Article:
My son is an Anglican vicar in Wellington and from time to time we worship with him at his church. There I encountered a beautiful rendering of the Lord’s Prayer in the Maori language sung to a haunting Maori melody. There is a dark passage in the music towards the end of the prayer and when I first heard it I (wrongly) thought it must be dealing with the words, “Deliver us from evil”, but I did notice the Maori word “muru” was repeated twice in this passage.

I encountered that word later in a fascinating little book I read, the Journals of Marianne Williams. It tells the story of the missionary women who first came to New Zealand, in particular the story of Marianne (wife of Henry Williams) and her sister-in-law Jane Williams who came to this country in the 1820′s.

At that time New Zealand had a reputation for being a savage country. Muskets had been introduced by European traders to a people already engaged in inter-tribal warfare. The tribe who could acquire an arsenal of muskets could wreak a terrible utu (retribution) on their enemies. The early missionaries, particularly the Williams brothers, Henry and William and another CMS missionary, Alfred Brown, made it their task to literally stand between warring enemies and seek to bring peace.

Their wives at home not only waited anxiously for their men to return safely but encountered another peril. Marianne Williams’ little book describes their terror when from time to time, for no reason that they could understand, a war party would arrive at their mission station and demand entry. The warriors had not come to exercise violence but to strip their home of valuables. To these terror-stricken women this was heartbreaking. Ever since they left the comfort of their homes in England and arrived in New Zealand, they tried to re-establish the home comforts they had once known. Their husbands after the earlier years, living in earthen floor raupo (reed) huts, but as soon as they could, replaced them with sturdy wooden homes.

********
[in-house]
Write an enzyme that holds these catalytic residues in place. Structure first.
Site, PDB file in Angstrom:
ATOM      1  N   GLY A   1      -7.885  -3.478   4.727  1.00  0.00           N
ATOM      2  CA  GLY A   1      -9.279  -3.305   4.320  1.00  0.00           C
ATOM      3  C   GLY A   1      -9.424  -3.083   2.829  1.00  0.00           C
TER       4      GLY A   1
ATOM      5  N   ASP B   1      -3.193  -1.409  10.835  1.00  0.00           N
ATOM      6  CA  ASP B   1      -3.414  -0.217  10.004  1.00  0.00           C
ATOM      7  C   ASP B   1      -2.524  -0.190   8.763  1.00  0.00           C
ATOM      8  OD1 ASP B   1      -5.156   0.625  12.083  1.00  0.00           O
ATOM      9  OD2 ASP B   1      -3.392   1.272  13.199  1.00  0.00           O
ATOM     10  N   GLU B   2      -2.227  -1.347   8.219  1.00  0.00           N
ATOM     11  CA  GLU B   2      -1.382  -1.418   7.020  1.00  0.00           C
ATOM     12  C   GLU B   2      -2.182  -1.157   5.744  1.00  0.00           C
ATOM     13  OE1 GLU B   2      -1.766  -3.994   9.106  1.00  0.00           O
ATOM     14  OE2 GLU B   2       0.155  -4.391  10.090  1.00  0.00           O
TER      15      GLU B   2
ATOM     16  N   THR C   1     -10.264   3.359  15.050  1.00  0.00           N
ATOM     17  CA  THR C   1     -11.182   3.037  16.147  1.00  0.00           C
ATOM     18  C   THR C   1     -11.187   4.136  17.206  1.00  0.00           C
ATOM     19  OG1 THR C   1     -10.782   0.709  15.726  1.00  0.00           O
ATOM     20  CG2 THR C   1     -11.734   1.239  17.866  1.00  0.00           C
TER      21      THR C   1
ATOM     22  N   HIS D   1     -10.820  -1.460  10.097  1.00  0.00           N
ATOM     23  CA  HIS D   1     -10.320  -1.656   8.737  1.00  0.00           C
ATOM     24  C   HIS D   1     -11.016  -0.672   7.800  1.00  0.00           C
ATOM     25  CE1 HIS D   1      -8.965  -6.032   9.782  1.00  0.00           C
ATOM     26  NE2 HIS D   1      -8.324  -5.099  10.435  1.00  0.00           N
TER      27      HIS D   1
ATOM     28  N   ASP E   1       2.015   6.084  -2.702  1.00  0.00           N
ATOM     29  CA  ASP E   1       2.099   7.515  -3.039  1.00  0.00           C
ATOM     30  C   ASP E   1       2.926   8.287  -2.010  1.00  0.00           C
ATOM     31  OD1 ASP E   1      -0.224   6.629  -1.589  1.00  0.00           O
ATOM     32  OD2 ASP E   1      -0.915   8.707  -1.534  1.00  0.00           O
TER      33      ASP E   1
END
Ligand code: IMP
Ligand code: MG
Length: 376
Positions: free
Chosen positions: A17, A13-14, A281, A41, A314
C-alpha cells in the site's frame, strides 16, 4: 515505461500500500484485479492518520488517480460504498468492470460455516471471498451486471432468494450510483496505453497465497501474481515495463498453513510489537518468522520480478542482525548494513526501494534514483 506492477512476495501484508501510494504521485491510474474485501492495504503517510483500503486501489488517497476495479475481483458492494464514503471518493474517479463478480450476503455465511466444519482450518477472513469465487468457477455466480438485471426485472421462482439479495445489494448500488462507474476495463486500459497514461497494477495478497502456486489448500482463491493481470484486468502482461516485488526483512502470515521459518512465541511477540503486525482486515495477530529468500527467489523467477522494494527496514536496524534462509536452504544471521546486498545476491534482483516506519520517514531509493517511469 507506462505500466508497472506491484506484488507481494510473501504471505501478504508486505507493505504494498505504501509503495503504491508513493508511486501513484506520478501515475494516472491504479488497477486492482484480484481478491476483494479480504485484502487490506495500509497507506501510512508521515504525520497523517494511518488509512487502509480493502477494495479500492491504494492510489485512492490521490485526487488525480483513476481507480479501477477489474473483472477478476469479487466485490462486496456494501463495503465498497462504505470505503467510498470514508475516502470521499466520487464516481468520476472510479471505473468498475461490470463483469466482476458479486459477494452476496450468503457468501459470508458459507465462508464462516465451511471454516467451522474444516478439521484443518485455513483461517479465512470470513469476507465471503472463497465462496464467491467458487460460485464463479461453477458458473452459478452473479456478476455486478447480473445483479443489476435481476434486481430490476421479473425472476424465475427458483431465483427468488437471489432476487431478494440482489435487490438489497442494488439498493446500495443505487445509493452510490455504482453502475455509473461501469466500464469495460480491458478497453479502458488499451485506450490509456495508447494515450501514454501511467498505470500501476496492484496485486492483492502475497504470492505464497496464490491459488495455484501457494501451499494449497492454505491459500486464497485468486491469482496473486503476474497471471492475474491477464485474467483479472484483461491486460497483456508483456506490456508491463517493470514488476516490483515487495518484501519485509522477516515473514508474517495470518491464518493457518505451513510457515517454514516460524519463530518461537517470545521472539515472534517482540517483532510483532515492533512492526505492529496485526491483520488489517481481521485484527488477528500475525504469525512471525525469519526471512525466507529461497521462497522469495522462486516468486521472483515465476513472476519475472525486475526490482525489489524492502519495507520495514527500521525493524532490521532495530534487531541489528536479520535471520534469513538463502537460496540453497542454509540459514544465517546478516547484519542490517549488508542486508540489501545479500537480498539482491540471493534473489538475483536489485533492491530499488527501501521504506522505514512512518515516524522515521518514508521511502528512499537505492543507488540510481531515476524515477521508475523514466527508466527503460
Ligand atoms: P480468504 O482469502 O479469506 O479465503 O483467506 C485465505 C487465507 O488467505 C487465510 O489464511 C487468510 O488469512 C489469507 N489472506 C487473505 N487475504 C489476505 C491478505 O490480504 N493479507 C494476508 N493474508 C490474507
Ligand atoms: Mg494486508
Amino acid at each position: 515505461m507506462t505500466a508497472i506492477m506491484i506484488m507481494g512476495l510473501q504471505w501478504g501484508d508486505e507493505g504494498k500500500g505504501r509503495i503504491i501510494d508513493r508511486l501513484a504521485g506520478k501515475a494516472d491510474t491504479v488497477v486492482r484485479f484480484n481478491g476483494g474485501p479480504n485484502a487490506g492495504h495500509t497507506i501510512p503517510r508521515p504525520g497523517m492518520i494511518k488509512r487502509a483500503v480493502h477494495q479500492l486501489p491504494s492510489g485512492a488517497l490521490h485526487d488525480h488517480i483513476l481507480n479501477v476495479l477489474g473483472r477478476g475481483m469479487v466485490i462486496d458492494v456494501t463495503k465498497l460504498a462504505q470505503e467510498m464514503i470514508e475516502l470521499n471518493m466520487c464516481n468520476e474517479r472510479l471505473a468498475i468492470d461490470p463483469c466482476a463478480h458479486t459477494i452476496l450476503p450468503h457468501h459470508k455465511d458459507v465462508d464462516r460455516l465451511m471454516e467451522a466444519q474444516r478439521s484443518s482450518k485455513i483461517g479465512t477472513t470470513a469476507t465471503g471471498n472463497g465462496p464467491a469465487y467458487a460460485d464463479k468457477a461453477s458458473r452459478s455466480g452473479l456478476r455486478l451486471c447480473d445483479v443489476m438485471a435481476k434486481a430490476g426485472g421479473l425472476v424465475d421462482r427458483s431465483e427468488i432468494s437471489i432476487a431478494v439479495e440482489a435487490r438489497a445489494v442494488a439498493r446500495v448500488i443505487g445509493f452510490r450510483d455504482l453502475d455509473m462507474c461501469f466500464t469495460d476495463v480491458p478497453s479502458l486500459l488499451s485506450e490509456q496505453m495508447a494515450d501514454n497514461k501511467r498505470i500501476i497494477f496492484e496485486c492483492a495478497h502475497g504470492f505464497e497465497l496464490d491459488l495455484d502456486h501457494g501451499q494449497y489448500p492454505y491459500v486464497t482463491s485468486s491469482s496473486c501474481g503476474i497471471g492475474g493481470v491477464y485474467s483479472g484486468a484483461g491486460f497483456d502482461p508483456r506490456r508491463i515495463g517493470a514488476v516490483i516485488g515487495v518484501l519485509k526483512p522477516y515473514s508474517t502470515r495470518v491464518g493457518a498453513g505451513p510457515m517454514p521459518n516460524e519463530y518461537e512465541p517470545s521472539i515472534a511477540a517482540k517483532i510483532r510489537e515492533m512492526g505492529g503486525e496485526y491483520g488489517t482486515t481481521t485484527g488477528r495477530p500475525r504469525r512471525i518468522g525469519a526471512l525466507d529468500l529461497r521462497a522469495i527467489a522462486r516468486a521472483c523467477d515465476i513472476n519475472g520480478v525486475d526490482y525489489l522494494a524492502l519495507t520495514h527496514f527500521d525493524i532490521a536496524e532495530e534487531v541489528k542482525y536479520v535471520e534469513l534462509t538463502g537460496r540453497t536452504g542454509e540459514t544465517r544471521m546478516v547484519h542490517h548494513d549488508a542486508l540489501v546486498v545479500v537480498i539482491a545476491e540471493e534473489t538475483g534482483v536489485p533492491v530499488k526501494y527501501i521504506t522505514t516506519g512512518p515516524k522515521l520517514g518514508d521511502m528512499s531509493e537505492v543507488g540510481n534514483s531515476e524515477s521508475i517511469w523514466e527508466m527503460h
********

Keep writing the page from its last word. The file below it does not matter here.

A wonderful example is the mission house, “The Elms” in Tauranga built by Alfred Brown. Slowly their wives accumulated carpets, curtains, ornaments, pictures and furniture, to furnish their homes and now these were all gone. For those who suffered “muru” it was a fearful thing. Yet, this was the word I had encountered in the Lord’s prayer. How did it get there? I did some more research and discovered that there was an underlying meaning to muru which led the early missionaries to use this word to translate the word, forgiveness. “Forgive us our trespasses as we forgive those who trespass against us”.

Muru was a central part of the Maori legal system. It was the way in a culture that held to an “eye for an eye” retribution, that satisfaction was given for a wrong or insult. If a tribe or family group were offended or insulted a war party would be sent out to plunder the group that had created the offence. The war party would be headed by the chief and would demand entry to the village or homes of those concerned and strip them of valuables until satisfaction was obtained. Once the chief considered that sufficient plunder had been taken he would hold up his hand and call on his men to stop. The opposing groups would then embrace each other, tears might be shed and forgiveness and reconciliation were achieved.